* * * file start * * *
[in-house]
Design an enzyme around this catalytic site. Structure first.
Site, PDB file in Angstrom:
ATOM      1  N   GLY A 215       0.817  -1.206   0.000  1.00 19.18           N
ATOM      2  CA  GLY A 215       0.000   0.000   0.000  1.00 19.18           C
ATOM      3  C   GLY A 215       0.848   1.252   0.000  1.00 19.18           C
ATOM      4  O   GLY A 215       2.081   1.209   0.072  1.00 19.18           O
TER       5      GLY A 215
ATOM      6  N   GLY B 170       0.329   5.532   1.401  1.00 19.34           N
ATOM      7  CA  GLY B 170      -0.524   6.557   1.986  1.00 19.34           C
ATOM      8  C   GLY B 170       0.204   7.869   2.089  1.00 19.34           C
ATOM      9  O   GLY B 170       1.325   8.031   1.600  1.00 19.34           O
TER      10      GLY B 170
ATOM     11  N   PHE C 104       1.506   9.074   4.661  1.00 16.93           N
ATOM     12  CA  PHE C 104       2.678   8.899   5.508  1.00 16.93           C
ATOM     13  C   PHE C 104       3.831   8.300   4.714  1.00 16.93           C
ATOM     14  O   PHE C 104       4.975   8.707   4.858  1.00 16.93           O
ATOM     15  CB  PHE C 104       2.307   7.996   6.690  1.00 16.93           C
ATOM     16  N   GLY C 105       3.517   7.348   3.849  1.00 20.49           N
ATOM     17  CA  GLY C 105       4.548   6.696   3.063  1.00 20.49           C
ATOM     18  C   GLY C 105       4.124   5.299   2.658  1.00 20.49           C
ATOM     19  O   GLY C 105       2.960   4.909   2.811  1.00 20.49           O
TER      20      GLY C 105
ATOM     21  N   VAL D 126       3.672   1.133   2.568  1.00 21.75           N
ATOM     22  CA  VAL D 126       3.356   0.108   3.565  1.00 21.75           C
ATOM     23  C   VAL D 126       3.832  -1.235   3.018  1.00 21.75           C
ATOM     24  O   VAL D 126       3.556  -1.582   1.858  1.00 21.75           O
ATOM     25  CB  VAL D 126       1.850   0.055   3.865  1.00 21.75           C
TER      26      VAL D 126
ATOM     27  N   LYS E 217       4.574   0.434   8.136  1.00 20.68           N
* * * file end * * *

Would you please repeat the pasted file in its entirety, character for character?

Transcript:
[in-house]
Design an enzyme around this catalytic site. Structure first.
Site, PDB file in Angstrom:
ATOM      1  N   GLY A 215       0.817  -1.206   0.000  1.00 19.18           N
ATOM      2  CA  GLY A 215       0.000   0.000   0.000  1.00 19.18           C
ATOM      3  C   GLY A 215       0.848   1.252   0.000  1.00 19.18           C
ATOM      4  O   GLY A 215       2.081   1.209   0.072  1.00 19.18           O
TER       5      GLY A 215
ATOM      6  N   GLY B 170       0.329   5.532   1.401  1.00 19.34           N
ATOM      7  CA  GLY B 170      -0.524   6.557   1.986  1.00 19.34           C
ATOM      8  C   GLY B 170       0.204   7.869   2.089  1.00 19.34           C
ATOM      9  O   GLY B 170       1.325   8.031   1.600  1.00 19.34           O
TER      10      GLY B 170
ATOM     11  N   PHE C 104       1.506   9.074   4.661  1.00 16.93           N
ATOM     12  CA  PHE C 104       2.678   8.899   5.508  1.00 16.93           C
ATOM     13  C   PHE C 104       3.831   8.300   4.714  1.00 16.93           C
ATOM     14  O   PHE C 104       4.975   8.707   4.858  1.00 16.93           O
ATOM     15  CB  PHE C 104       2.307   7.996   6.690  1.00 16.93           C
ATOM     16  N   GLY C 105       3.517   7.348   3.849  1.00 20.49           N
ATOM     17  CA  GLY C 105       4.548   6.696   3.063  1.00 20.49           C
ATOM     18  C   GLY C 105       4.124   5.299   2.658  1.00 20.49           C
ATOM     19  O   GLY C 105       2.960   4.909   2.811  1.00 20.49           O
TER      20      GLY C 105
ATOM     21  N   VAL D 126       3.672   1.133   2.568  1.00 21.75           N
ATOM     22  CA  VAL D 126       3.356   0.108   3.565  1.00 21.75           C
ATOM     23  C   VAL D 126       3.832  -1.235   3.018  1.00 21.75           C
ATOM     24  O   VAL D 126       3.556  -1.582   1.858  1.00 21.75           O
ATOM     25  CB  VAL D 126       1.850   0.055   3.865  1.00 21.75           C
TER      26      VAL D 126
ATOM     27  N   LYS E 217       4.574   0.434   8.136  1.00 20.68           N